Detroit retirees helped Tiger Lu open shop

From:Automotive News



"If the customer says we need to move to the U.S. — but they don't want to pay extra money — then we will negotiate. Our customers will be reasonable." Tiger Lu, center, president of Sanhua Automotive's U.S. operations, with Edwin Stanke, , and Harry Eustice, who worked for Sanhua in China before returning to the U.S. to help Lu.  Photo credit: CRAIG GORKIEWICZ

To bring Sanhua to the American auto market, Tiger Lu sought help from two seasoned U.S. veterans.

If you're the new guy in a big market, it helps to have a couple of old hands to you the ropes.

So when Tiger Lu launched U.S. operations in 2006 for Sanhua Automotive, a Chinese supplier of thermal management components, he hired some old hands — in this case, a couple of savvy General Motors retirees.

How do new companies gain a foothold? They often rely on managers who already know the market.

Sanhua Automotive already supplied Delphi in North America with products from its portfolio of valves, heat exchangers and other climate control devices.

As president of the U.S. unit, Lu served those customers and had to find new ones. What to do? 

He turned to Harry Eustice and Edwin Stanke, two GM retirees who were working for Sanhua in China. They agreed to return to suburban Detroit, Lu runs a technical center in Auburn Hills.

Eustice had retired from GM after a stint in its advanced thermal technology unit. Stanke boasted several patents for climate control technology, including a patent he shared with Eustice.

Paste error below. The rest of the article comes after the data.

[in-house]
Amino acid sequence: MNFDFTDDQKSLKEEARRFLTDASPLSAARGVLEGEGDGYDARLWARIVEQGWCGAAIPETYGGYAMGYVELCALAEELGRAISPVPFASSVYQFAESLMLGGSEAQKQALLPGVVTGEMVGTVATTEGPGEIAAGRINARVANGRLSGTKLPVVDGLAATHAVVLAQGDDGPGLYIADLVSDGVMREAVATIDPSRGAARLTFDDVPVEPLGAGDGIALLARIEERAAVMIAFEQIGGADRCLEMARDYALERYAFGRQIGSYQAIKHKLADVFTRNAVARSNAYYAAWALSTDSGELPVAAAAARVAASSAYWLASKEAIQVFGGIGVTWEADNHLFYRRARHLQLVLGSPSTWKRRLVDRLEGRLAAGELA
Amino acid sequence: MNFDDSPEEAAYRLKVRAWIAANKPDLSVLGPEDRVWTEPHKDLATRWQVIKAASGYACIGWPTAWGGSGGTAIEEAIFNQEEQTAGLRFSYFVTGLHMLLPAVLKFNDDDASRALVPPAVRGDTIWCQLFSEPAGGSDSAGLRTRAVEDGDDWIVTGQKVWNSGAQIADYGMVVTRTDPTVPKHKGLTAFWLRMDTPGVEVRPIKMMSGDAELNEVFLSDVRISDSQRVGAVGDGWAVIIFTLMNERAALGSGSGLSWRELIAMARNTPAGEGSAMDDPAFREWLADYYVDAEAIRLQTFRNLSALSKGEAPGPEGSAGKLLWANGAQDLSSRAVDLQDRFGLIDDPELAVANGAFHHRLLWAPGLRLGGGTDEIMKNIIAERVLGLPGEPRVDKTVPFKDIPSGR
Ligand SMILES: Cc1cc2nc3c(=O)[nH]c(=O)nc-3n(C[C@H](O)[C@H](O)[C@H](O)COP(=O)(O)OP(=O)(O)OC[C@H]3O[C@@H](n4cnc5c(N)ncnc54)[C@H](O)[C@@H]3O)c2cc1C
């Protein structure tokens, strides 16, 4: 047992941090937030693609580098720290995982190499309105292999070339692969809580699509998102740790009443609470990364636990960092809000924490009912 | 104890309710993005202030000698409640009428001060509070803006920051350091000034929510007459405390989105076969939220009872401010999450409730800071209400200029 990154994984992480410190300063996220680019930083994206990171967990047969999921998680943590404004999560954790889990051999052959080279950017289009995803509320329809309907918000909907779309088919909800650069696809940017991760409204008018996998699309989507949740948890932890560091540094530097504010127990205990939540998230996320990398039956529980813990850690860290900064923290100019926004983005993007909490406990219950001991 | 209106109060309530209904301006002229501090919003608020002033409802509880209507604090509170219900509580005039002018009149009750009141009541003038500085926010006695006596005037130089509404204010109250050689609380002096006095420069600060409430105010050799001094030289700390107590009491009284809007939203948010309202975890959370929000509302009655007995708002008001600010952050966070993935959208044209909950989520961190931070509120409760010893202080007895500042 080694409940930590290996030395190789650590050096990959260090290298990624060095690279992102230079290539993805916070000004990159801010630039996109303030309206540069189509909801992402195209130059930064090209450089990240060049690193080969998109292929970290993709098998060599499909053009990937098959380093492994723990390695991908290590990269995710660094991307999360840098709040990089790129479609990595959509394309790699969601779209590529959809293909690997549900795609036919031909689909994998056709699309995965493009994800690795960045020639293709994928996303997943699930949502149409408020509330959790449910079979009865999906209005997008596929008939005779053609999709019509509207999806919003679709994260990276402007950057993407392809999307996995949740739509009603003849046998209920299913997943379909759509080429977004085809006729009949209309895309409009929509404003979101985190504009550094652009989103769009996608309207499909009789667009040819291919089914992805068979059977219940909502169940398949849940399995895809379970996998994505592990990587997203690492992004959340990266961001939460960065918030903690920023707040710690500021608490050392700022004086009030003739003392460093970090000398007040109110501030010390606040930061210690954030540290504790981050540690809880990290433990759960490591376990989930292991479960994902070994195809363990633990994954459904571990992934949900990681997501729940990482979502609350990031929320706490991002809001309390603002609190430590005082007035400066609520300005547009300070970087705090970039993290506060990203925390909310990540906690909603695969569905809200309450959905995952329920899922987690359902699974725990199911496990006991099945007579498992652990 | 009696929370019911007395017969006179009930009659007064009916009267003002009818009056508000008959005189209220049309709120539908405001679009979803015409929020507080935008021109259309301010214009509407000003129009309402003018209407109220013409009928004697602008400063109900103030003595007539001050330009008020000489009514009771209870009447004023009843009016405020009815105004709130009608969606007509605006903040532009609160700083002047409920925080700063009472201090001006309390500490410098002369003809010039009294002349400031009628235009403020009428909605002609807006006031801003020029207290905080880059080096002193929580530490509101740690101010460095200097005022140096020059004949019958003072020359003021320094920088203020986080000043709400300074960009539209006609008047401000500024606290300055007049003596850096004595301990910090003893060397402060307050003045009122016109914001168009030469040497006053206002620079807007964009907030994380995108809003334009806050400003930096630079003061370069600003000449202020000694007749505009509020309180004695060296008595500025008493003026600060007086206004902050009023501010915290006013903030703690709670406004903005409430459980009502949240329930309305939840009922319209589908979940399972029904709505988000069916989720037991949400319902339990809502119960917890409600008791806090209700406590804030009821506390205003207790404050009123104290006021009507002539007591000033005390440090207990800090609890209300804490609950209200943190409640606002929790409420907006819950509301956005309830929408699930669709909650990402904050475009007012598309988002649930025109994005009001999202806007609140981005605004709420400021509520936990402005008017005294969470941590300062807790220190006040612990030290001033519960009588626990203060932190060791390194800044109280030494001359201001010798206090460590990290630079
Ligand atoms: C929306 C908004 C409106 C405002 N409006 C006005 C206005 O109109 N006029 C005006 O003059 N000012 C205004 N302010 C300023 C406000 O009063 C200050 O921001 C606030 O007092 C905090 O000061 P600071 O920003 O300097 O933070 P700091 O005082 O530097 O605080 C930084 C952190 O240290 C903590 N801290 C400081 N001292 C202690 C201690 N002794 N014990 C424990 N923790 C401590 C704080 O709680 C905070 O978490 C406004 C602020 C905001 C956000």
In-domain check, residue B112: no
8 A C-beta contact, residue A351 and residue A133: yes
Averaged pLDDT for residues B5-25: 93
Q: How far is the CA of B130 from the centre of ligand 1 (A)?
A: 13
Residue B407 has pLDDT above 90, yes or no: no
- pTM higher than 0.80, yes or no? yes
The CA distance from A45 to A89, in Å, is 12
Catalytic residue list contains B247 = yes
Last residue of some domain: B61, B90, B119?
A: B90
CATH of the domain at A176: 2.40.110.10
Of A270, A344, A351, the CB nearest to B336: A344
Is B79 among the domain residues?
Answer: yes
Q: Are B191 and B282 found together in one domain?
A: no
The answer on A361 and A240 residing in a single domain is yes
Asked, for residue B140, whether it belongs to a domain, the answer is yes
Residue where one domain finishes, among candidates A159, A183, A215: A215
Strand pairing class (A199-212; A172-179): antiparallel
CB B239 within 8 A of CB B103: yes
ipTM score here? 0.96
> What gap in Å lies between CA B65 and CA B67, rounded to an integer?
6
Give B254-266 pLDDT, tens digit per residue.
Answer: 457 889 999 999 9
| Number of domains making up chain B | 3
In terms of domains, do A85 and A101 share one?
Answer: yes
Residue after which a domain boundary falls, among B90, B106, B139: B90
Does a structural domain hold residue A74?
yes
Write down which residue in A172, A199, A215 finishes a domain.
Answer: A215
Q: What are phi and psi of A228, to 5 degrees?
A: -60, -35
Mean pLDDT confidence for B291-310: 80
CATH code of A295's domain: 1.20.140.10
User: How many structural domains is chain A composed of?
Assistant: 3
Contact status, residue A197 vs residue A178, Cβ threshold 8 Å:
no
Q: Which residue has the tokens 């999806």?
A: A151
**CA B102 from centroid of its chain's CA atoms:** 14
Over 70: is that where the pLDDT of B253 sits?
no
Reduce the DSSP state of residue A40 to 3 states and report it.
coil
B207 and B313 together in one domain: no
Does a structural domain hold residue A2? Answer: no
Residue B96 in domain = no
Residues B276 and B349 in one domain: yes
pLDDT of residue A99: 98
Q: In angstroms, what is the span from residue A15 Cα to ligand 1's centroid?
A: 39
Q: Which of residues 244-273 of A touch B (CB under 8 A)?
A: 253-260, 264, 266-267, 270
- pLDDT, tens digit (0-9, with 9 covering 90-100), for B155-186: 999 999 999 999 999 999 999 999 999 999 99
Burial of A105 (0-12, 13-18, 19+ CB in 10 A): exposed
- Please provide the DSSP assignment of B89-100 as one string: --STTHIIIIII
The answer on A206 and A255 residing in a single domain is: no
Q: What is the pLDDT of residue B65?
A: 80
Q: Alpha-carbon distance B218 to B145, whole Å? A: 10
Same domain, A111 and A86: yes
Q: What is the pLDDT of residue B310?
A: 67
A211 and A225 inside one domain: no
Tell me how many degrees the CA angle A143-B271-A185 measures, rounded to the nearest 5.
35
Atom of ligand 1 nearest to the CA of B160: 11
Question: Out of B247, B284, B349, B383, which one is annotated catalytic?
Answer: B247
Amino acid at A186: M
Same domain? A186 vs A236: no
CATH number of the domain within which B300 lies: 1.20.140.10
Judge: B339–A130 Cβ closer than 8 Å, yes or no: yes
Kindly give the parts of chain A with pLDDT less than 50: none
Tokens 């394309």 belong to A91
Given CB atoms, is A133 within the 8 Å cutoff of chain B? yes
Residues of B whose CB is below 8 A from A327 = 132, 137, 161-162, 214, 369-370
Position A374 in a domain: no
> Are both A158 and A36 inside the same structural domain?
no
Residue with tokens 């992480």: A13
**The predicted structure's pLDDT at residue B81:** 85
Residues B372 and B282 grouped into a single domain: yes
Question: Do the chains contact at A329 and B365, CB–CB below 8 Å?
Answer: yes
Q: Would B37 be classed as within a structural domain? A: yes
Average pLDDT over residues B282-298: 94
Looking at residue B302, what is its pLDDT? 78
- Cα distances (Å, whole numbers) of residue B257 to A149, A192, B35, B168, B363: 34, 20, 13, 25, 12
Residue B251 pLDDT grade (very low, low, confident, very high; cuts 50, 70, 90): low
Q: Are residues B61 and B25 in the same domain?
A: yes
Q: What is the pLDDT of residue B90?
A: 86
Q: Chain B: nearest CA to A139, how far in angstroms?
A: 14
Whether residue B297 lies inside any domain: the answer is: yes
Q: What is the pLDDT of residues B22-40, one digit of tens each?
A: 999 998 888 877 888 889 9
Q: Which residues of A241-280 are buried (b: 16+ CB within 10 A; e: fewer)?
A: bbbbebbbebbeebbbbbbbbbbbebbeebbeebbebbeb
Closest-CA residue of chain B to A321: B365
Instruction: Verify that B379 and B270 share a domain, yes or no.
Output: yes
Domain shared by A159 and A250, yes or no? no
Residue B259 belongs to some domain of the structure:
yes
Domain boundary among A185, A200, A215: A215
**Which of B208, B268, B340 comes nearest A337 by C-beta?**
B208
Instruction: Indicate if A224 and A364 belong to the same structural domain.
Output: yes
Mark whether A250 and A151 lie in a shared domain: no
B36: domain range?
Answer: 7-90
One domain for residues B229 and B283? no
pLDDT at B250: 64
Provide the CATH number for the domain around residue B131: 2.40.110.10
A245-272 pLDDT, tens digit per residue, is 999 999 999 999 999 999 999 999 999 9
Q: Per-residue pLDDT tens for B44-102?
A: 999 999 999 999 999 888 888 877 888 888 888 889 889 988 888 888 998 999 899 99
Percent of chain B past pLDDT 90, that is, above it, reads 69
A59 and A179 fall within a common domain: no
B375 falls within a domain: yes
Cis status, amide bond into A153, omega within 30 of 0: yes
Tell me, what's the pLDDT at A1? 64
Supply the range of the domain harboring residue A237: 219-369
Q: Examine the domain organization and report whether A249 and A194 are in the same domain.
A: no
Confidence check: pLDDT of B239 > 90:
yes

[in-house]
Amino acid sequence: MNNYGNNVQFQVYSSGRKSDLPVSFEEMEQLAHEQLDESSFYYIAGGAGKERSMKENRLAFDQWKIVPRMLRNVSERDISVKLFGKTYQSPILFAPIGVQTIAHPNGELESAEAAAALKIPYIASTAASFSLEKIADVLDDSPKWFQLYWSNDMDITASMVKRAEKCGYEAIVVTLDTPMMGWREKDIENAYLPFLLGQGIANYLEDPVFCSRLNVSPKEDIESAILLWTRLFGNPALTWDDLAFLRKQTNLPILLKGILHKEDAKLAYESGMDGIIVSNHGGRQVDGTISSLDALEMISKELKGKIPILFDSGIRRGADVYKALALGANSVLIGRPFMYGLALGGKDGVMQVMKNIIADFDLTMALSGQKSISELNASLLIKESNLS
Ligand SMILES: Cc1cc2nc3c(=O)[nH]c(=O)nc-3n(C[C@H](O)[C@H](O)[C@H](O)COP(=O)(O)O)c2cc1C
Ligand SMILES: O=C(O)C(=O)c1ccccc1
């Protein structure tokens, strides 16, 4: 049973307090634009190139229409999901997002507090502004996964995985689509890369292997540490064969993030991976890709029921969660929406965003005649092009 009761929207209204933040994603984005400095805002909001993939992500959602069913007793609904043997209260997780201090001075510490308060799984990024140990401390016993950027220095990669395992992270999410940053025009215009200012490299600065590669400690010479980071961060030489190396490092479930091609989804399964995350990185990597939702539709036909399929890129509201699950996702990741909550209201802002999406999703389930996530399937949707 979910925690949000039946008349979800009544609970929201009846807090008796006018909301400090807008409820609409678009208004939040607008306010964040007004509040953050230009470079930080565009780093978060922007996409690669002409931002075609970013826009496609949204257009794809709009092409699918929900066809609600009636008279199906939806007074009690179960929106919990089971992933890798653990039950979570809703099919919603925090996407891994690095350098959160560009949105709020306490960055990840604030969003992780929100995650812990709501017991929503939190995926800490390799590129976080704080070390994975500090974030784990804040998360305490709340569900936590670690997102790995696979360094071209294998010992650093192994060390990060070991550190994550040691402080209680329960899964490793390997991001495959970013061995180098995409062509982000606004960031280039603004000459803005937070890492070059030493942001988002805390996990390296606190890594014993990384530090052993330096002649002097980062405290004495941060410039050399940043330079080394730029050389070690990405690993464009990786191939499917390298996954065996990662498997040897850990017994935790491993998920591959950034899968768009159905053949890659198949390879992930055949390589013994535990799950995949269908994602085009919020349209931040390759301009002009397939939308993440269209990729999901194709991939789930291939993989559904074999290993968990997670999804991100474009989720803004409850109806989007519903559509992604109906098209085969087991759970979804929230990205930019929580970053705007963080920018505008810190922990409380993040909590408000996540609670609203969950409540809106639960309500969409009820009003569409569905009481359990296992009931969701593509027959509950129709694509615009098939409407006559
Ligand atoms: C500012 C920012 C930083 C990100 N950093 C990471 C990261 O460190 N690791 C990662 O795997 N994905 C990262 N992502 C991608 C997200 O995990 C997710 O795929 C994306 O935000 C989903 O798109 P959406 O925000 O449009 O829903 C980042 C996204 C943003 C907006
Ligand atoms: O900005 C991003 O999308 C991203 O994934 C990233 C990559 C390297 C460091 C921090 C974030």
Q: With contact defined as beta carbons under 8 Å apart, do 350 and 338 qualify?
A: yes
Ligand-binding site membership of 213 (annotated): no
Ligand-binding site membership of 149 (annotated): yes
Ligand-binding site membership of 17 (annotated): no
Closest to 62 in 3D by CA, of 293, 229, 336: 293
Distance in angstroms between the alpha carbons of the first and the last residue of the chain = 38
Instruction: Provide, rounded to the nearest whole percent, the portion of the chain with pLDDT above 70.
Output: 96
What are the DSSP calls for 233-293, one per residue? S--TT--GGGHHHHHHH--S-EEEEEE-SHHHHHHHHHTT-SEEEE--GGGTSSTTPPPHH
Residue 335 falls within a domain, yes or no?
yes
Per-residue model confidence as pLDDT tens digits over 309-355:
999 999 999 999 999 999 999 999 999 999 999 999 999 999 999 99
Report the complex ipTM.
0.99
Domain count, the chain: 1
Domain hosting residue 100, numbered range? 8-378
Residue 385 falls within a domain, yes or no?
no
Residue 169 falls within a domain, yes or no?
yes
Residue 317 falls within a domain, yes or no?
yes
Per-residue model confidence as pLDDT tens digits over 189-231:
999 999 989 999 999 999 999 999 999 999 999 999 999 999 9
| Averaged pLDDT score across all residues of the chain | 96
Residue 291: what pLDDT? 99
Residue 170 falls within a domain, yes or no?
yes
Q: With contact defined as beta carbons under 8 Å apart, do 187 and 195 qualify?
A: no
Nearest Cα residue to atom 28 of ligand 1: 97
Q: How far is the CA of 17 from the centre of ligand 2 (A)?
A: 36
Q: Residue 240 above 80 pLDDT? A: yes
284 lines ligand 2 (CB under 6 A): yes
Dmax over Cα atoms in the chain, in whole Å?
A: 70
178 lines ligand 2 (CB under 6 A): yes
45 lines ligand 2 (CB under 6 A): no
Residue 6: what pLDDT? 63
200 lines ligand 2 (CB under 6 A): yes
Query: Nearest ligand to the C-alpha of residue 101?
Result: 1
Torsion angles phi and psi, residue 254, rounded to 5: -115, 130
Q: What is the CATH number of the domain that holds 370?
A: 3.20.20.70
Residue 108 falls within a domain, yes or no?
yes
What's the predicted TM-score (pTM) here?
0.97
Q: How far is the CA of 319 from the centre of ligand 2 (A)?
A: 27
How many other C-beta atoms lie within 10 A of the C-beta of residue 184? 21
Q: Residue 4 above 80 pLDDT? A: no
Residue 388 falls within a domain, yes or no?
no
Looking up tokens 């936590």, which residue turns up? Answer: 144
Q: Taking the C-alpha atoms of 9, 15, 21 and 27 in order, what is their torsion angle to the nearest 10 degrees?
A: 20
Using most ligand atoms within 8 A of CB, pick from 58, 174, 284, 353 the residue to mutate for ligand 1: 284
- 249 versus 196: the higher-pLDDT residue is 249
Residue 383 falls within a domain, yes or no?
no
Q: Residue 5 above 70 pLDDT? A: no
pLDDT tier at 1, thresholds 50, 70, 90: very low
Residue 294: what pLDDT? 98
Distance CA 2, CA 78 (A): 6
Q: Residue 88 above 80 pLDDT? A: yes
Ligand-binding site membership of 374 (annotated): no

Eustice spent two years with Sanhua in China, while Stanke was there for six. So the two executives understood Sanhua, Detroit and climate control technology.

"They've done a great job," said Lu. "We appreciate their contribution."

With their help, Lu developed a road map for Sanhua's expansion in North America. The company is marketing climate control components for passenger cabins, cooling systems for EV batteries and motors, and temperature control parts for transmissions. 

As automakers introduce EVs and hybrids, they will want to heat and cool those vehicles more efficiently, Lu said. Sanhua, which originally developed climate control systems for homes and buildings, is starting to gain recognition for its green technology.

In 2017, the company won an Automotive News PACE award for designing an electronic valve that can handle carbon dioxide refrigerant, which is considered environmentally friendly. 

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